How many readers of arts magazine Off The Edge suspected that that old codger Datuk Hamid, reminiscing about earlier and happier times in his monthly column, was actually Kam, giving voice to one of Malaysian literature's most engaging characters? I twigged quite early on because I'd heard Kam read extracts of a work in progress at our monthly gathering. And now finally, Confessions of an Old Boy: The Dato' Hamid Adventures is in our hands.
Kam writes in the foreword to the book that he feels as if he's known Datuk Hamid all his life, that it felt as if he needed to exist. And in an article which appeared in last month's Off The Edge he says:
I like to think Dato' Hamid is very real (even though I made him up) and that he encapsulates a breed of person that many of us know and most of us can recognise. He is of the old breed that has been airbrushed out of our history, bu who would sooner quote Shakespeare than wave a kris ... would be more a ease in a cocktail party than a kampong ...And being a friend to many MCKK old boys of my husband's generation and older, I feel that I've met Dato' Hamid many times over!
Dato' Hamid was born, we're told, somewhere between the 1920's and early 1930's, educated at Malay College (dubbed the Eton of the East and set up by the British to create a Malayan civil service) and then at university in the UK before returning home to take up a post in The Ministry. He's a charming old rascal - cultured, well travelled, hedonistic ... and also a little lazy and easily corruptible.
He narrates his memoirs in the book. (Dictates them to Kam as in the picture below?)
Dato' Hamid doesn't actually seem to like the present day and the direction Malaysia has taken very much, and expresses to some extent the Kam Raslan's own sense of alienation.
The author says in the Off the Edge piece.
Many of us gaze over the serried ranks at an UMNO general assembly and do not recognise ourselves or our aspirations in that crowd. These are the Malay masses and they deserve to be represented vigorously. But I'm not one of them. Where do we go if we're not one of them? In my own case I have gone back to the past. I wanted to find a voice in another outsider.Dato' Hamid's son, "the Ayatollah" represents a certain type of "new Malay" that's only too familiar (goatee-bearded, fanatical, politically ambitious and smugly self-righteous) and is a character I would have liked to see very much more of in the book, particularly because he gives rise to some inspired moments of social commentary.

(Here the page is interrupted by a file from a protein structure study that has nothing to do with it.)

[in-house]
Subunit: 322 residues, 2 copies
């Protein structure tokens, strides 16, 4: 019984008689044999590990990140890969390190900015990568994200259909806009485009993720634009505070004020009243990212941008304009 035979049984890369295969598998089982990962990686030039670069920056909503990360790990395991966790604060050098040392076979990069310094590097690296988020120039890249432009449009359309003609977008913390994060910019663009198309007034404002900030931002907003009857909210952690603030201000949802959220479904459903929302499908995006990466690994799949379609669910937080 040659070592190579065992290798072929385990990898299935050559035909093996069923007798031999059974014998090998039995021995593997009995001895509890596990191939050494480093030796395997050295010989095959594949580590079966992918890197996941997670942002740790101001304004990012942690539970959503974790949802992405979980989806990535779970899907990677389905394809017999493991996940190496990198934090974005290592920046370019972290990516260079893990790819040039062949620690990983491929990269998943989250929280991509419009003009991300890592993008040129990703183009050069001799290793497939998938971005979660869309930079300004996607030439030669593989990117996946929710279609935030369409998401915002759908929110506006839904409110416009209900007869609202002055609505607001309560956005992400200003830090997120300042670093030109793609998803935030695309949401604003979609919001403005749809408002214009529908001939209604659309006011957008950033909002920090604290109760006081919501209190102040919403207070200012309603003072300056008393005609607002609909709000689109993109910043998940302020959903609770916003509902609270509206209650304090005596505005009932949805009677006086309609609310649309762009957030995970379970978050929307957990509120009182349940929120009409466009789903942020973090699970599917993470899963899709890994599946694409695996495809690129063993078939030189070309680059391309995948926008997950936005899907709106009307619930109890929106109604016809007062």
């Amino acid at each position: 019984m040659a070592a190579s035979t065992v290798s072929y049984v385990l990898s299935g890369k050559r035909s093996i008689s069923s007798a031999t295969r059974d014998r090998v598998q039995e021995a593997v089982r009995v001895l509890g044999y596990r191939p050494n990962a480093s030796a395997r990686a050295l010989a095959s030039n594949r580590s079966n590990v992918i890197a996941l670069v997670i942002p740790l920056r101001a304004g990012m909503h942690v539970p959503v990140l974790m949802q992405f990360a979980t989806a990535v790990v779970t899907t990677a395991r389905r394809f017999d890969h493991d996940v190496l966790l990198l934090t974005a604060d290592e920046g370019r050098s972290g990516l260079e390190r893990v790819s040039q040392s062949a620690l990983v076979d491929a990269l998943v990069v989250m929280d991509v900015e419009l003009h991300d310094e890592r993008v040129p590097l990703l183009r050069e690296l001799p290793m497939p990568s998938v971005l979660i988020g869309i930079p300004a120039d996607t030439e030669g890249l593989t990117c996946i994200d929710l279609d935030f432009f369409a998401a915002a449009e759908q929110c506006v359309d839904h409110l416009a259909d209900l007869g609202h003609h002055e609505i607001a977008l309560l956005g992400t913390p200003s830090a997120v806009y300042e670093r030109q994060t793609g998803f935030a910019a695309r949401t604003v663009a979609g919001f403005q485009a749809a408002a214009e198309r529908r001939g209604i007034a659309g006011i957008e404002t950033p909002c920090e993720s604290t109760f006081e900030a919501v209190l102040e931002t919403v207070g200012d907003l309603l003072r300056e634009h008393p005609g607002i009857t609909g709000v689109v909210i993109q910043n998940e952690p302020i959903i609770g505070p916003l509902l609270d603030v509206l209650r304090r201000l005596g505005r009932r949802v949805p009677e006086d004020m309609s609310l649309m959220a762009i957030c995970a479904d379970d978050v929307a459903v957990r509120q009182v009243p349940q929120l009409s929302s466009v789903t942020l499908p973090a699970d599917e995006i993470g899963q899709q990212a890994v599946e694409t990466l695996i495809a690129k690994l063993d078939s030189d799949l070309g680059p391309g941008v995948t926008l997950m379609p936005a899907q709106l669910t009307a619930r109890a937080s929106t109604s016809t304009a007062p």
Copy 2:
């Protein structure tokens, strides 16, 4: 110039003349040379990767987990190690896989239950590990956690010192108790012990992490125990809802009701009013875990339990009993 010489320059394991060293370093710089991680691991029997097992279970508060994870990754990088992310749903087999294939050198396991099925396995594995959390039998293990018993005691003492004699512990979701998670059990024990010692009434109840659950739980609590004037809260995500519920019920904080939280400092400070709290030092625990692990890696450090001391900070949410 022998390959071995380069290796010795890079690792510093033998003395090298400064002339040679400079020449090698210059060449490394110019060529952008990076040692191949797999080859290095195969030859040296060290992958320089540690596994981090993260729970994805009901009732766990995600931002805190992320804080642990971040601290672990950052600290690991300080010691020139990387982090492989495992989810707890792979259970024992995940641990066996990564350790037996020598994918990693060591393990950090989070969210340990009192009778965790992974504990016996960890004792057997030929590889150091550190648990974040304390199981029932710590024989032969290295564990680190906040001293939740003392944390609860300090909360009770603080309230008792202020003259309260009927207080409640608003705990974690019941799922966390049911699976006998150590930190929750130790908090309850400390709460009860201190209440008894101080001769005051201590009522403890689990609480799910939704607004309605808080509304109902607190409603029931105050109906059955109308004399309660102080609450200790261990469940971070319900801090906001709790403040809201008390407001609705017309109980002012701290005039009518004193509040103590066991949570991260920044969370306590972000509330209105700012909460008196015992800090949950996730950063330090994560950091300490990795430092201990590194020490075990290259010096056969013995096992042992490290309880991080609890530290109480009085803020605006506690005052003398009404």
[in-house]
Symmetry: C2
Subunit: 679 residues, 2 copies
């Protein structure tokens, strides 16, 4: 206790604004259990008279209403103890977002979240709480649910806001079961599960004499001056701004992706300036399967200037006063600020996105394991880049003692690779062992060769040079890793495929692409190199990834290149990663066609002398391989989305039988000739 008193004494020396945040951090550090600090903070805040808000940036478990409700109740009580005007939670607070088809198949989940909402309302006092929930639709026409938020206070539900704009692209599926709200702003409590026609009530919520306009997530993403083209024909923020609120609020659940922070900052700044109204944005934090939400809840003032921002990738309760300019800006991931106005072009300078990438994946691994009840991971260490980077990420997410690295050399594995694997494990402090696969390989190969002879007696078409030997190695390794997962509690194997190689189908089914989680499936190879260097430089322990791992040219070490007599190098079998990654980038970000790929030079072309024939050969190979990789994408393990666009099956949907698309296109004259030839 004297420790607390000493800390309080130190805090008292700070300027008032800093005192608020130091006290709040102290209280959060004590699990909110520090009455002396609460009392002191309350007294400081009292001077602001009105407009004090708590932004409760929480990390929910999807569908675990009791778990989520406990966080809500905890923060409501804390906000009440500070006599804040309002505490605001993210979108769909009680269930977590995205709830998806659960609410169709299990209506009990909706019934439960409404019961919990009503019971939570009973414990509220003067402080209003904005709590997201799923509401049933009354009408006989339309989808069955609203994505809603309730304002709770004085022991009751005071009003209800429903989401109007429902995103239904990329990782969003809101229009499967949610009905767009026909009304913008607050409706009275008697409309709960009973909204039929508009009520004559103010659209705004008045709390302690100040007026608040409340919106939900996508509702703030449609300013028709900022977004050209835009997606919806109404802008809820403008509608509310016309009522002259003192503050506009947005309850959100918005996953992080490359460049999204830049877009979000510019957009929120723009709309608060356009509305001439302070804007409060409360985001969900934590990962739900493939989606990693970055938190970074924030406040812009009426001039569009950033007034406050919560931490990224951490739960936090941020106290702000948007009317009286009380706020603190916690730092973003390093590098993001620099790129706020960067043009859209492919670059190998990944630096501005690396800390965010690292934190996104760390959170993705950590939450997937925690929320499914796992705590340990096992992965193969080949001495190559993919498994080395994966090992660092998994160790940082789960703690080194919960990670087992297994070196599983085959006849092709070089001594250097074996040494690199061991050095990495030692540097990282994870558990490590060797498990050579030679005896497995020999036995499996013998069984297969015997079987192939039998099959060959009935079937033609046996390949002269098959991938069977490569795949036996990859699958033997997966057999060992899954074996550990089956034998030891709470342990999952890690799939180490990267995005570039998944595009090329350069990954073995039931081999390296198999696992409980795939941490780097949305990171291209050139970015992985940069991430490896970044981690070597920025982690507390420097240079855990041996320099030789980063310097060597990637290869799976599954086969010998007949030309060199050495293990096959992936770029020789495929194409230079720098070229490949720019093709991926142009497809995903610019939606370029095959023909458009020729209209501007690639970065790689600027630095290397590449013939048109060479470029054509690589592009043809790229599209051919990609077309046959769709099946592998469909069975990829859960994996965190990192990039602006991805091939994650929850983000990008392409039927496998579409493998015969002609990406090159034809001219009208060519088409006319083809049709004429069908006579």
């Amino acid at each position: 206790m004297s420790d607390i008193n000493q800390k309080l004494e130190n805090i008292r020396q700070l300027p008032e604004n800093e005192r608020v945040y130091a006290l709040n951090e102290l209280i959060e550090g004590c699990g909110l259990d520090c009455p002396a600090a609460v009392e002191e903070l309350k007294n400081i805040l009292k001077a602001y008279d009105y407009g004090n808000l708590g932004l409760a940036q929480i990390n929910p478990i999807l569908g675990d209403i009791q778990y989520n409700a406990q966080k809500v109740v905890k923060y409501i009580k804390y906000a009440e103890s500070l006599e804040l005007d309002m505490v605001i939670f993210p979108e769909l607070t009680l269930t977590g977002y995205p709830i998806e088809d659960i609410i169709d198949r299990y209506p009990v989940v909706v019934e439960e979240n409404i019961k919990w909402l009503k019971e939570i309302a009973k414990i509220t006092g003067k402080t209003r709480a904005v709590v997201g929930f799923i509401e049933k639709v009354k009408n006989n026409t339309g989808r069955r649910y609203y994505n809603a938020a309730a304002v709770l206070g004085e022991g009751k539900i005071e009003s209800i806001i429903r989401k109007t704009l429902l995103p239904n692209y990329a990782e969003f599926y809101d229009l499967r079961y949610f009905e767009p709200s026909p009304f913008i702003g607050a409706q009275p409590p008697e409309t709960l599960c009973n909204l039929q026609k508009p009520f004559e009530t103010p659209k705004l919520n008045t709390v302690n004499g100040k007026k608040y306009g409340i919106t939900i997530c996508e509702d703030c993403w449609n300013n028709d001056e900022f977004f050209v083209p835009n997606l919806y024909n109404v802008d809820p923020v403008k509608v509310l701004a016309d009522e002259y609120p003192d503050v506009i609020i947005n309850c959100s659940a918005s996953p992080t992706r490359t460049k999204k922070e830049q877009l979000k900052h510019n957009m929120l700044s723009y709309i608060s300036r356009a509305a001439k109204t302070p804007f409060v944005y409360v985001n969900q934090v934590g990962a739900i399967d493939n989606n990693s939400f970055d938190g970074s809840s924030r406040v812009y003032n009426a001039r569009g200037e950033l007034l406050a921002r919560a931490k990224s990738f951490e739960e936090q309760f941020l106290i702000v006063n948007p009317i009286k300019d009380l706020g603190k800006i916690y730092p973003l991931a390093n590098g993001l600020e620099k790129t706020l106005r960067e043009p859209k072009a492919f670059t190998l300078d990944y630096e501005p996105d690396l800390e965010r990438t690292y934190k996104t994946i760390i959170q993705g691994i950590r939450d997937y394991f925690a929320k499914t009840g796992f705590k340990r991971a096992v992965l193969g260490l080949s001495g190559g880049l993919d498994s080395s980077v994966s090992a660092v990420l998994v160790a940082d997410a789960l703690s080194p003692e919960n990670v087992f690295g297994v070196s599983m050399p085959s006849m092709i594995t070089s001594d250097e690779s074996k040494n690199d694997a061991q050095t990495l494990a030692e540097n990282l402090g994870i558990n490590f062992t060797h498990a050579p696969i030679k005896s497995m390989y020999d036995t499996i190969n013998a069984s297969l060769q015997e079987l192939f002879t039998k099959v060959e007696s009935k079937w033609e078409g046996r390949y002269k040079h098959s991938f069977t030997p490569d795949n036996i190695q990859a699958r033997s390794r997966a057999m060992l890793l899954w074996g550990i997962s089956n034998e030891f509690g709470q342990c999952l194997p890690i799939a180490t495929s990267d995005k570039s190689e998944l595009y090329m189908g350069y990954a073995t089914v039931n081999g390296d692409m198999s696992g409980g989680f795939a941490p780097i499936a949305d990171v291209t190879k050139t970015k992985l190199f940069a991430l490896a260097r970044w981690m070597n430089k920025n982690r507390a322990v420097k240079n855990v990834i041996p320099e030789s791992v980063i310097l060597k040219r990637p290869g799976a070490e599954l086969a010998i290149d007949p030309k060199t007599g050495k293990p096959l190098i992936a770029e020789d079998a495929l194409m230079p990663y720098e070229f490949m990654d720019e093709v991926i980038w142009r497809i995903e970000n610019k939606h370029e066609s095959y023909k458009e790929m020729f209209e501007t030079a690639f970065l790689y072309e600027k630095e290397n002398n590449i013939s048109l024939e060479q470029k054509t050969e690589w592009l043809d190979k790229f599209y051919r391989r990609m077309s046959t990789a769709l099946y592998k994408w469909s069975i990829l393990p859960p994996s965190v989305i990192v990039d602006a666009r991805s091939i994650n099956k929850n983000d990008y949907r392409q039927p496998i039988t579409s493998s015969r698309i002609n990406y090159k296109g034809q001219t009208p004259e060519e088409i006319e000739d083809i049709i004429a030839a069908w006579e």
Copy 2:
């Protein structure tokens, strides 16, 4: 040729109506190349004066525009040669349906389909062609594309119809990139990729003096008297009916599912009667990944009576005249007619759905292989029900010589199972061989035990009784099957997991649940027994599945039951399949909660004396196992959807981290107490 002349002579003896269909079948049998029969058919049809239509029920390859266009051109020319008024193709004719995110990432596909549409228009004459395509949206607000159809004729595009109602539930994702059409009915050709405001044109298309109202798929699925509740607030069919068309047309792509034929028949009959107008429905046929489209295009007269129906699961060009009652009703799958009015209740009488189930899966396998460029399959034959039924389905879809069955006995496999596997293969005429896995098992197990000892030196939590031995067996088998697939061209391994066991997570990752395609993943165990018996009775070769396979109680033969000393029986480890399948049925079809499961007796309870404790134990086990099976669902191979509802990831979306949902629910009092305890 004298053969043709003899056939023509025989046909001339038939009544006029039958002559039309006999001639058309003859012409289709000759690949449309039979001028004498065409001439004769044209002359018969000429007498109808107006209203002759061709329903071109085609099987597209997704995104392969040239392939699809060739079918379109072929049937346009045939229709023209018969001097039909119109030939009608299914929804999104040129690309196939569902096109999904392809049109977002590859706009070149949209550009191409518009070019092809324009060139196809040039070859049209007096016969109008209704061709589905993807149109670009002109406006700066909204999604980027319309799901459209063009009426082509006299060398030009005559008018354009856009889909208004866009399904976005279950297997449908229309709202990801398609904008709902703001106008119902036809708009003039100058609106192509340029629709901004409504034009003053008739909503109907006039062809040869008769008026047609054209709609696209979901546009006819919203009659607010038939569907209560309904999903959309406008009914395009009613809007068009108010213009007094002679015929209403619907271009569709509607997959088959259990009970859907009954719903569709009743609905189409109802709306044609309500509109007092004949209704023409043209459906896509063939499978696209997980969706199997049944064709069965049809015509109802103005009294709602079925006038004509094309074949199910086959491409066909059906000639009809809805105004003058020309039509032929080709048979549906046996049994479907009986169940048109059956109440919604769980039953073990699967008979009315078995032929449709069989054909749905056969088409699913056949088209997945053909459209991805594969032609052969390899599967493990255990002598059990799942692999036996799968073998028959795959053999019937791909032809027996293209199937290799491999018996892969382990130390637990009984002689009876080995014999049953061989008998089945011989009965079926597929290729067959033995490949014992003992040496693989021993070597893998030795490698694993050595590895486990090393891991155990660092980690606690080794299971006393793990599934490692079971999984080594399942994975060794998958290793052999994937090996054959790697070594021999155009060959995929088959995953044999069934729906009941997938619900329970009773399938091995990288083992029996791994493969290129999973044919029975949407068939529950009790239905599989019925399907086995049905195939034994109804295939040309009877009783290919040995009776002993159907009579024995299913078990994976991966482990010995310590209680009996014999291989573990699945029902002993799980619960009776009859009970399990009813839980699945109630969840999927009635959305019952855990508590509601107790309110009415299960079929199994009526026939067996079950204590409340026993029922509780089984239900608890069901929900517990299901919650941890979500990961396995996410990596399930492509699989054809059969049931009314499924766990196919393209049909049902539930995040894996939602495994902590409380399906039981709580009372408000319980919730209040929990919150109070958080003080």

I don't know where they came from and I don't know where they are taking us ...says Hamid, speaking I'm sure for many readers. (How many times have I been told that the country was a gentler, kinder, more tolerant place "back then"?)
Hamid finds that he has much more in common with The Grandson, a computer animator who makes good in Hollywood, despite his purple (and later green!) hair and the ring though his nose.
Confessions is a collection of stories, four of them short episodes, and three much more substantial pieces.
My favourite is Ariff and Capitalism, set between Kuala Lumpur and London in 1972 in which Hamid gets drawn into a get-rich-quick scam with hilarious results. (Below, Hamid, being seduced by the buxom "Edwina" at the Sheikh's dinner party in London.)
I also thoroughly enjoyed the rambunctiousness of Dato' in Love which involves among other things the seduction of a Swiss milkmaid and the theft of a diamond.
In The Beat Generation Hamid reminisces about the time in the 1950's when he was dragged along by his friend Nik to work in Paris and Algiers a drummer with a band. Kam writes in his Off the Edge article:
I wanted to show the Malay/Malaysian wanderlust ... Dato' Hamid came back after his adventure, but so many Malaysians have travelled and have never come back. ... What happened to that spirit of adventure? Who let complacency in?The longest story in the book is Murder in Parit Chindai, which gives a Malaysian twist to the traditional Agatha Christie type murder in the library at a country house with a cast of eccentric characters, any one of whom could have done the grisly deed. It's a very clever piece, and I appreciated the fact that Kam brought in characters of other races (which happens too rarely in fiction by Malaysian authors). But I felt that Hamid and the others seemed like pawns being moved around the chessboard of the necessarily complex plot of the whodunit, rather than initiating action themselves. (It felt in this story as if Kam were pulling the strings rather than taking dictation which for me made it less effective than the other stories.) (Below ... another body.)
The Malayans is set "Somewhere near Seremban - 2001" and is a conversation between a group of old friends, Malaysians of different races (a reminder that the ethnic divisions was not a feature of the landscape of the country in the past) following the death of one of their gang on the golf course. They mull over life, talk about their children and contemplate the principles and idealism on which the new country was founded at Independence and how it has lived up to them.
Would I recommend the book? Most definitely. It's hugely enjoyable, deeply relevant, and beautifully written. I read it with a huge smile on my face, often laughing out loud at the turn of a phrase.
I am left saying that I want more, much more of Dato' Hamid, his friends and family ... especially The Ayatollah!
A very nicely written review by Dzireena Mahadzir appeared last Sunday's Readsmonthly supplement of the Star.